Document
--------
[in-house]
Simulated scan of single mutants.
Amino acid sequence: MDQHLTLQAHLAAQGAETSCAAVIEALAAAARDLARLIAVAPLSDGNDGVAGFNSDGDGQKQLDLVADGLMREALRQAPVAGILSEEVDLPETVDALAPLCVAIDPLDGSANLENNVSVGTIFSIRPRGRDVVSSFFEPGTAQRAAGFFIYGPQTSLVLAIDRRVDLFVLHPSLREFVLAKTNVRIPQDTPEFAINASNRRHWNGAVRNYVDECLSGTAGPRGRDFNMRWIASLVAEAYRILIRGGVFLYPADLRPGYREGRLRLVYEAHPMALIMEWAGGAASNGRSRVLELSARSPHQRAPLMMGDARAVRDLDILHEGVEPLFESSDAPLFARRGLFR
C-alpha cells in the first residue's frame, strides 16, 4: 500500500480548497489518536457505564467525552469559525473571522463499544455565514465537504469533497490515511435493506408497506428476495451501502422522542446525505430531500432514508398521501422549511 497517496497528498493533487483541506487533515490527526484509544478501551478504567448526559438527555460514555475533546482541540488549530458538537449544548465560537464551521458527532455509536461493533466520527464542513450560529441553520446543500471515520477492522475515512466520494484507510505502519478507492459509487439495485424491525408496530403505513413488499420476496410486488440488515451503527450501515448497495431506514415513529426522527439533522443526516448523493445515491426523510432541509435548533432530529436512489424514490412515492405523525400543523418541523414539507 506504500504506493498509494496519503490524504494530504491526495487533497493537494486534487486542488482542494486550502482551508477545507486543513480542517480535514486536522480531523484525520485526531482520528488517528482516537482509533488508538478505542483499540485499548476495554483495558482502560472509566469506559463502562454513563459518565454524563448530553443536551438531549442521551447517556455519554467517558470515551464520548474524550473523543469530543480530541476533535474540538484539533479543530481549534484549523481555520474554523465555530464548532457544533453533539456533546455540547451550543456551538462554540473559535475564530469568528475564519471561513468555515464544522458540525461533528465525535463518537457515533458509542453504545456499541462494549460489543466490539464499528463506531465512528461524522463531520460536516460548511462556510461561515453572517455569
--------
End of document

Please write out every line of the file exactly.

[in-house]
Simulated scan of single mutants.
Amino acid sequence: MDQHLTLQAHLAAQGAETSCAAVIEALAAAARDLARLIAVAPLSDGNDGVAGFNSDGDGQKQLDLVADGLMREALRQAPVAGILSEEVDLPETVDALAPLCVAIDPLDGSANLENNVSVGTIFSIRPRGRDVVSSFFEPGTAQRAAGFFIYGPQTSLVLAIDRRVDLFVLHPSLREFVLAKTNVRIPQDTPEFAINASNRRHWNGAVRNYVDECLSGTAGPRGRDFNMRWIASLVAEAYRILIRGGVFLYPADLRPGYREGRLRLVYEAHPMALIMEWAGGAASNGRSRVLELSARSPHQRAPLMMGDARAVRDLDILHEGVEPLFESSDAPLFARRGLFR
C-alpha cells in the first residue's frame, strides 16, 4: 500500500480548497489518536457505564467525552469559525473571522463499544455565514465537504469533497490515511435493506408497506428476495451501502422522542446525505430531500432514508398521501422549511 497517496497528498493533487483541506487533515490527526484509544478501551478504567448526559438527555460514555475533546482541540488549530458538537449544548465560537464551521458527532455509536461493533466520527464542513450560529441553520446543500471515520477492522475515512466520494484507510505502519478507492459509487439495485424491525408496530403505513413488499420476496410486488440488515451503527450501515448497495431506514415513529426522527439533522443526516448523493445515491426523510432541509435548533432530529436512489424514490412515492405523525400543523418541523414539507 506504500504506493498509494496519503490524504494530504491526495487533497493537494486534487486542488482542494486550502482551508477545507486543513480542517480535514486536522480531523484525520485526531482520528488517528482516537482509533488508538478505542483499540485499548476495554483495558482502560472509566469506559463502562454513563459518565454524563448530553443536551438531549442521551447517556455519554467517558470515551464520548474524550473523543469530543480530541476533535474540538484539533479543530481549534484549523481555520474554523465555530464548532457544533453533539456533546455540547451550543456551538462554540473559535475564530469568528475564519471561513468555515464544522458540525461533528465525535463518537457515533458509542453504545456499541462494549460489543466490539464499528463506531465512528461524522463531520460536516460548511462556510461561515453572517455569